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August 27, 2015

“Ordinary Love and Good Will”

by Anne Paddock

But it is not necessarily the ones you love the most that have the most effect on you.

Jane Smiley, Pulitzer prize-winning author of A Thousand Acres published Ordinary Love & Good Will – two short stories that explore the effects that people’s actions have on their children – in 1989. Although the stories are very different, the reader can’t help but see the long-lasting and indelible effects on the children of adults who don’t think about their behavior and consequences, who think of themselves first, who can’t control their urges, and who are often in denial.

Ordinary_Love_and_Good_WillIn Ordinary Love, the narrator is a 52-year old mother of five children, who by nature was an adventurer. At 14 years old she carried a list of places she had to see before she died and sought out her dreams. At the age of 32 her life changed forever when she confesses to her husband that she has been having an affair. He divorces her and takes their children (ages 5-10) overseas to live in England, which shakes her to her core.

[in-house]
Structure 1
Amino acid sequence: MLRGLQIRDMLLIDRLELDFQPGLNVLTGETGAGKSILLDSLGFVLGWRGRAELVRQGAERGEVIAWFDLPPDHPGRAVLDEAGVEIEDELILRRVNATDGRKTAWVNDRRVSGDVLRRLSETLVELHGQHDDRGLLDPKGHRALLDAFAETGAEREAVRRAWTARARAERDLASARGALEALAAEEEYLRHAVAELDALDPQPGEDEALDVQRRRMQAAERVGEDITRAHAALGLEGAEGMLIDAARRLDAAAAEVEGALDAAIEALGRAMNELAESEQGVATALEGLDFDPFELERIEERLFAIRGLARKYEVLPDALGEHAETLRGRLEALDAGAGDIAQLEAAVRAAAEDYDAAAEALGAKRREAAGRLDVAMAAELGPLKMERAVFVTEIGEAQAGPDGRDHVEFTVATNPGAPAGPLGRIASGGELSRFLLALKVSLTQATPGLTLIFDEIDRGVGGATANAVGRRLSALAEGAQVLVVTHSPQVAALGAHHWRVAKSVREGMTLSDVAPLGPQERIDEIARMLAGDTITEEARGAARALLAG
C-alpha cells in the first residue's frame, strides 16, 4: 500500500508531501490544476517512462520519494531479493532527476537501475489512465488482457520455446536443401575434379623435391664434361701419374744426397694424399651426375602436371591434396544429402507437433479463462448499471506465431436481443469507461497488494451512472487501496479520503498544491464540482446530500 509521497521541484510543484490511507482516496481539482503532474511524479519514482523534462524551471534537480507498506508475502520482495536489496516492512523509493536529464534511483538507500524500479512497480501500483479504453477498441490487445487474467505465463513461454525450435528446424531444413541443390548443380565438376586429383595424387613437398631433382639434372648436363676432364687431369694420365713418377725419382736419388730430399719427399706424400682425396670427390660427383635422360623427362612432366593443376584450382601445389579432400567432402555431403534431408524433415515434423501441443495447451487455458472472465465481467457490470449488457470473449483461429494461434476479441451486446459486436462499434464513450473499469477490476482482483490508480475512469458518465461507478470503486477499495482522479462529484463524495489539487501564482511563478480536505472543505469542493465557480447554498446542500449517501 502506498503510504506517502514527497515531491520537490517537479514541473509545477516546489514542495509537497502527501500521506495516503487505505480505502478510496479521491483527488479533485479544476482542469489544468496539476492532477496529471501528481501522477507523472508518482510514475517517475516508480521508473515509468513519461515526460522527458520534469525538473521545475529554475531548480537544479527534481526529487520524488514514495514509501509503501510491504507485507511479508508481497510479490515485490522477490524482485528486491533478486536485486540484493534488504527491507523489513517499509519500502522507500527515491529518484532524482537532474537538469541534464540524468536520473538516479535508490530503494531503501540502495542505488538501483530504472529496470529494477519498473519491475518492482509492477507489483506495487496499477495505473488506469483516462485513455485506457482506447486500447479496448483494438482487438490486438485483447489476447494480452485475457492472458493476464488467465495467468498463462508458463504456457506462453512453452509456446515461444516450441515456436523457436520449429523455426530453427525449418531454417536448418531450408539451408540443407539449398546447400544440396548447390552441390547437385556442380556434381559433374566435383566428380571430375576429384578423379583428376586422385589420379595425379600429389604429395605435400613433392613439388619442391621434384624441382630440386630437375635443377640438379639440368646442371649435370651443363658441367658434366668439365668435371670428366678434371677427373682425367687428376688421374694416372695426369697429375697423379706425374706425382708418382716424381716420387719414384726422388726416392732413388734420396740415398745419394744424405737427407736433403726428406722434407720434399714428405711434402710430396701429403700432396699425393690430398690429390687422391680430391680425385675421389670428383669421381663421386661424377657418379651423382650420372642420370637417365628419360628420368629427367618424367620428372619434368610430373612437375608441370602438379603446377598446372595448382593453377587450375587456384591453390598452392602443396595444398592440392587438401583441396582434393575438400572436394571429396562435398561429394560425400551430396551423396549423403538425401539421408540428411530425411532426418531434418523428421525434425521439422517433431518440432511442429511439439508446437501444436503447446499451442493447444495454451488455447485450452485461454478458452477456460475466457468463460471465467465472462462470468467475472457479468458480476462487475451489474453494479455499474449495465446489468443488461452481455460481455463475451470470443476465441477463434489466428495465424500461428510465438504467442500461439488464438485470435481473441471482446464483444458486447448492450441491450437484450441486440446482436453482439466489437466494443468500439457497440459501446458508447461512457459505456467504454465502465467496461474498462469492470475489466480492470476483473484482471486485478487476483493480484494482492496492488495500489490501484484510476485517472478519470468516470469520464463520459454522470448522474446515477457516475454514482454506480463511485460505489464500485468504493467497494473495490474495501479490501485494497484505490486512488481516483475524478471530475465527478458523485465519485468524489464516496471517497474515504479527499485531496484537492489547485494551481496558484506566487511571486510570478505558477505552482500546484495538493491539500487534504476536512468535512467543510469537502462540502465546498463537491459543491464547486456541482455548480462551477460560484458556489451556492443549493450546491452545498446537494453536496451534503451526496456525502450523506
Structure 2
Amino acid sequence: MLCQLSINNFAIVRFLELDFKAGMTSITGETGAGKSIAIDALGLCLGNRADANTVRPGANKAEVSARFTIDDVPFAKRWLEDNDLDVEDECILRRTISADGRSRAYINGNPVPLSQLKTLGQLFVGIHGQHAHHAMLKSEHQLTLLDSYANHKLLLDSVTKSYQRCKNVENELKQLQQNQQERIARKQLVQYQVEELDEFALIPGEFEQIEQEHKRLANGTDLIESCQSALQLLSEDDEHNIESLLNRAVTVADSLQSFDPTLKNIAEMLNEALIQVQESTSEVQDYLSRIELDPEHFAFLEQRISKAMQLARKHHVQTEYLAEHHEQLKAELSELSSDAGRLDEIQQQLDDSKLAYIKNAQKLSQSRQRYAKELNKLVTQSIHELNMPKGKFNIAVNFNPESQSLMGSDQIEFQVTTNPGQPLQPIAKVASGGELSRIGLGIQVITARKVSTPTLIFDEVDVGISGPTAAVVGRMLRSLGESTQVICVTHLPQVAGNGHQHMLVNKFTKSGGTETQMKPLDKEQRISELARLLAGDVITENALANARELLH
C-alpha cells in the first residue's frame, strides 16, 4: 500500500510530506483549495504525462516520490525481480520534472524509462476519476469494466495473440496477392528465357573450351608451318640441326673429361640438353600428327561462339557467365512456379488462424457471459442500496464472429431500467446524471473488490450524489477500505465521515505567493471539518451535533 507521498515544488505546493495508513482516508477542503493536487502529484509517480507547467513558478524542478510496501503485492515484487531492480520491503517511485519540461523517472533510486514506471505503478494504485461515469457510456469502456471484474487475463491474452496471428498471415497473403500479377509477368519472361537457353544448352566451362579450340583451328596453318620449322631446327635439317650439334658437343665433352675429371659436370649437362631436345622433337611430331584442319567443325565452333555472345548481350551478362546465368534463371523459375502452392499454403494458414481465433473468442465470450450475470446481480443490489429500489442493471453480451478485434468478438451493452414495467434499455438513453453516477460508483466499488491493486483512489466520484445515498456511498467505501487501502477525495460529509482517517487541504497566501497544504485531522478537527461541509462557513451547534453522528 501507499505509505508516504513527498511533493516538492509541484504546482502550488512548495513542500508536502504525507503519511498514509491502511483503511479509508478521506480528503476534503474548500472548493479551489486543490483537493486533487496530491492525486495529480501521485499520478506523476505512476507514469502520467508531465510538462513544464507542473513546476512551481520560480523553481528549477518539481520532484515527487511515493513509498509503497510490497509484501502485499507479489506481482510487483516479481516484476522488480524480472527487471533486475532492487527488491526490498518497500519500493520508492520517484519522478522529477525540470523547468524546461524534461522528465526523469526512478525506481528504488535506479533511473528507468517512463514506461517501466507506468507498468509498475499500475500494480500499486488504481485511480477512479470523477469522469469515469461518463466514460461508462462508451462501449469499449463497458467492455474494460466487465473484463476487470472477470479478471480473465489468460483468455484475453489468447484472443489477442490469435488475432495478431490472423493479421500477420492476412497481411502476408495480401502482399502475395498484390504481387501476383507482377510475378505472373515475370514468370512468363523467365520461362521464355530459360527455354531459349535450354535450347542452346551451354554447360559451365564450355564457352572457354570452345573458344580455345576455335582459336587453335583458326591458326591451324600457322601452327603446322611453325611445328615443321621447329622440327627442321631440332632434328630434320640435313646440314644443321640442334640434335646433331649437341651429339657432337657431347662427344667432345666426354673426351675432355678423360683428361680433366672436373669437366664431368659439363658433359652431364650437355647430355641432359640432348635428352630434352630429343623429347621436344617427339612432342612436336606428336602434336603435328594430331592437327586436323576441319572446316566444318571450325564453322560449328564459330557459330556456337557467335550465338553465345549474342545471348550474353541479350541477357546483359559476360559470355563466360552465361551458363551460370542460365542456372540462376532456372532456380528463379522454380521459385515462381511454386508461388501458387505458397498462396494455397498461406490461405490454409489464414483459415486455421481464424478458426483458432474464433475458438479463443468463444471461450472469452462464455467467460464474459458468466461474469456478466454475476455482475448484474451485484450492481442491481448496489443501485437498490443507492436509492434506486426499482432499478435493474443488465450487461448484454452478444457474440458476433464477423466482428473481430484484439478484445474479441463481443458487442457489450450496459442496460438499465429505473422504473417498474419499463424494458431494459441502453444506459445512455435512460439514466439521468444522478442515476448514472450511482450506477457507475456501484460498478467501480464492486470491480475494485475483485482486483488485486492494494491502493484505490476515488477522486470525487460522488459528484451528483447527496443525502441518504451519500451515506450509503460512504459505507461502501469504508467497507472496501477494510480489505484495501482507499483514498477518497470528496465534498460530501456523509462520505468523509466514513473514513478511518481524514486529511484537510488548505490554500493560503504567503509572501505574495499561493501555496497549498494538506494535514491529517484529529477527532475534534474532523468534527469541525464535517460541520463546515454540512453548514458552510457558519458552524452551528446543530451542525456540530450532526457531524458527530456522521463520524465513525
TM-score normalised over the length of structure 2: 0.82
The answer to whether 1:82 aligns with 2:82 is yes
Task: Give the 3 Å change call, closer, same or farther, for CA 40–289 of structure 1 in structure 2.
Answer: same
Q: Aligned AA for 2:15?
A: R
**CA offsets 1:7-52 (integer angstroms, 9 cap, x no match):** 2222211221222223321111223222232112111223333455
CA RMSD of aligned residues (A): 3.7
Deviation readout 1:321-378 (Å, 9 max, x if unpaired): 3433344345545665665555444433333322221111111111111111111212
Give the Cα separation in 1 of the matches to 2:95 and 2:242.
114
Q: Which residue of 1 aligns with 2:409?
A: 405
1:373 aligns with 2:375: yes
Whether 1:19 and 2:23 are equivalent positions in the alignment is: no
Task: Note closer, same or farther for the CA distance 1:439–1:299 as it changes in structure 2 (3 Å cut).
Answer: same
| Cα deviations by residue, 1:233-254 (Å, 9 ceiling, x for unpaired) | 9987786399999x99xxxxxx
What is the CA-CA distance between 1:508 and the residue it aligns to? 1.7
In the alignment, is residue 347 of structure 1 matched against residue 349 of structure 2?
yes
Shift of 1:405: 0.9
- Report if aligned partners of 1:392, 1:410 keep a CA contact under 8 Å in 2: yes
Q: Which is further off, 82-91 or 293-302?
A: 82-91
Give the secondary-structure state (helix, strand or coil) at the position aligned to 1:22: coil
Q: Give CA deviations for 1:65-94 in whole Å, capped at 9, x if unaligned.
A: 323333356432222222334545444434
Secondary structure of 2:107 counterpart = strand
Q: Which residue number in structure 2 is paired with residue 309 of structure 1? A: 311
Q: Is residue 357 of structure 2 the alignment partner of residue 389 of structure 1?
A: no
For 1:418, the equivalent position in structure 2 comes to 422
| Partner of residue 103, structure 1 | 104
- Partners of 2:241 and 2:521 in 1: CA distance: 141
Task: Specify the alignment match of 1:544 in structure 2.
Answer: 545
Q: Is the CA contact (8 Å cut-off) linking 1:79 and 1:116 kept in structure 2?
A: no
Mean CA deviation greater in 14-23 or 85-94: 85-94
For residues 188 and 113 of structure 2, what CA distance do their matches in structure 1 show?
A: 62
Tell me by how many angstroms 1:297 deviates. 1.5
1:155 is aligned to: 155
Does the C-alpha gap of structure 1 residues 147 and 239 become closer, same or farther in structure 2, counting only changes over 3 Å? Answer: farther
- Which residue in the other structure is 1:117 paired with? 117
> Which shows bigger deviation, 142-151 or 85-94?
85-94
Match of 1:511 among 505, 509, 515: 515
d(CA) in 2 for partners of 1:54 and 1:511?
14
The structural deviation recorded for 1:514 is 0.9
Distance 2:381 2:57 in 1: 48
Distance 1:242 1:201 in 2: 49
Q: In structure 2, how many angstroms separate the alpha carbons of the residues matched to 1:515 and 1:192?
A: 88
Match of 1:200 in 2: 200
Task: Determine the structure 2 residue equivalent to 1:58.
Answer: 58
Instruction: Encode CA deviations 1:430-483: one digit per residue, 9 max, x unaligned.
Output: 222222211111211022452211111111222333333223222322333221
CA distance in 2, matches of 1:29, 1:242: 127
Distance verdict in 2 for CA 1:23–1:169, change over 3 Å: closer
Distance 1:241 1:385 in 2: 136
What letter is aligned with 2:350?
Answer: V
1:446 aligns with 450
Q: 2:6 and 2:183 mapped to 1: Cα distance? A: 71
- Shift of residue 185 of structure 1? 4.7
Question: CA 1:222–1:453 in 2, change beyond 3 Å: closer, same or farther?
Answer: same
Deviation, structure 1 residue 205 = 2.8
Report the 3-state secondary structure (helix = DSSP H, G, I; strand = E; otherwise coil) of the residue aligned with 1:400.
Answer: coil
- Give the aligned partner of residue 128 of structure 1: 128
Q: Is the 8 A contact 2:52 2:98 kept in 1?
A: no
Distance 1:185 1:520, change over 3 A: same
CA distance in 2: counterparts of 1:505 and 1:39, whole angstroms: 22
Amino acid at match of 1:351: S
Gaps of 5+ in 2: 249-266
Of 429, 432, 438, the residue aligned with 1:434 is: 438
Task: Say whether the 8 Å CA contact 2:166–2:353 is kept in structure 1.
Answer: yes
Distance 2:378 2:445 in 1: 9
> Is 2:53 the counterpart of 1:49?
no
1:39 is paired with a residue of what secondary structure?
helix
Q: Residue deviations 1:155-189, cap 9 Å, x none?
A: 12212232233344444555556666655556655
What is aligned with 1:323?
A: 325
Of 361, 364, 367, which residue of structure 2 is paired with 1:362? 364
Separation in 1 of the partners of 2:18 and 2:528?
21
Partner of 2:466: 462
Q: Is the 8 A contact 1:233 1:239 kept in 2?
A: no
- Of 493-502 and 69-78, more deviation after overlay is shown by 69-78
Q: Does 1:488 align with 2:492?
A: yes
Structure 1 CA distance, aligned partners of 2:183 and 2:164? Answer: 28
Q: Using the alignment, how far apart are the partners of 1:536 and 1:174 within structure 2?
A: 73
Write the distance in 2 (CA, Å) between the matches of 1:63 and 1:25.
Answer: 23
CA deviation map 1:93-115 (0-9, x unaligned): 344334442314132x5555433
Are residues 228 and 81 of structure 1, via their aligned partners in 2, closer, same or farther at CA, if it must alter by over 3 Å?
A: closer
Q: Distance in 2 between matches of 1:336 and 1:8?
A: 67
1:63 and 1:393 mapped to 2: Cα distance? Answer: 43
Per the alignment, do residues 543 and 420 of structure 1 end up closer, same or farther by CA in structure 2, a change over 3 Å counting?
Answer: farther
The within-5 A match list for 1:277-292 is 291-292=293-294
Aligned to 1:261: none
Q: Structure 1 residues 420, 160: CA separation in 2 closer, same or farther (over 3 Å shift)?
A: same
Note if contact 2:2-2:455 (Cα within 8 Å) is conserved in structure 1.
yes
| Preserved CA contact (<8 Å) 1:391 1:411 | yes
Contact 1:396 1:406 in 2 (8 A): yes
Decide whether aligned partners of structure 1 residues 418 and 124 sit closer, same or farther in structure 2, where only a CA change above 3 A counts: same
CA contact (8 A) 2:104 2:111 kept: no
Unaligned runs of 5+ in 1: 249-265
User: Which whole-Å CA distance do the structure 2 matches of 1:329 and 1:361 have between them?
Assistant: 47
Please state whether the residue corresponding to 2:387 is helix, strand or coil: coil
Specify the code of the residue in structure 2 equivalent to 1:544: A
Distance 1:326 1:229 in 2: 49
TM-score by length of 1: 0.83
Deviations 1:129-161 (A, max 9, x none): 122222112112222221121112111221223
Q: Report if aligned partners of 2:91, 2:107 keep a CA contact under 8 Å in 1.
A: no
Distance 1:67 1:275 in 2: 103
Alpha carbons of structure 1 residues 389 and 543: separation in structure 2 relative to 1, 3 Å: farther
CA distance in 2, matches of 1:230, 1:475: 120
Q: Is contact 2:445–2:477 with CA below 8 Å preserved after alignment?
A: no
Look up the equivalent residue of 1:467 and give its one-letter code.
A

Looking back over the 20 years since the divorce, Rachel is trying to come to terms with herself and how her actions impacted her children who are now grown, some with families of their own. In her mind, she thinks that “however my life looks to others, what it looks like to me is a child’s tower of blocks, built in ignorance and without a plan.” Her children both love and resent her for not being the mother they needed her to be.

In Good Will, the reader is introduced to Robert, Elizabeth and Thomas Miller. Nineteen years prior, Robert Miller was discharged from the army and set upon living a counterculture existence. He buys land, lives in a tent and eats by fireside until he meets Elizabeth and then sets out to build a home on the property that he farms. Their son, Thomas is born and the family lives a quiet, self-sufficient life on the farm, which requires a great deal of discipline, determination, and self-denial. When Thomas begins school, the outside world is let in which reeks havoc in a household that is tightly controlled by the self-described genius of the family: Robert.

Reminiscent in many ways of the classic book The Man Who Loved Children by Christine Stead (1940) – a chilling story of a man with visions and unmoving opinions, his marriage to a woman who is bitter, overworked and desperate, and his sadistic relationship with his children in a household where there is not enough money – Good Will is also the story of a man determined to isolate and maintain control to the detriment of his family.  Tragedy always strikes in these situations which leads to change or a steadfast commitment – but, not both.

Jane Smiley is a brilliant writer, one who creates characters in painstaking detail. The beauty of her characters is not so much whether they are good or bad people, but instead their ability to examine their lives, their decisions, and how these actions have affected the people closest to them.

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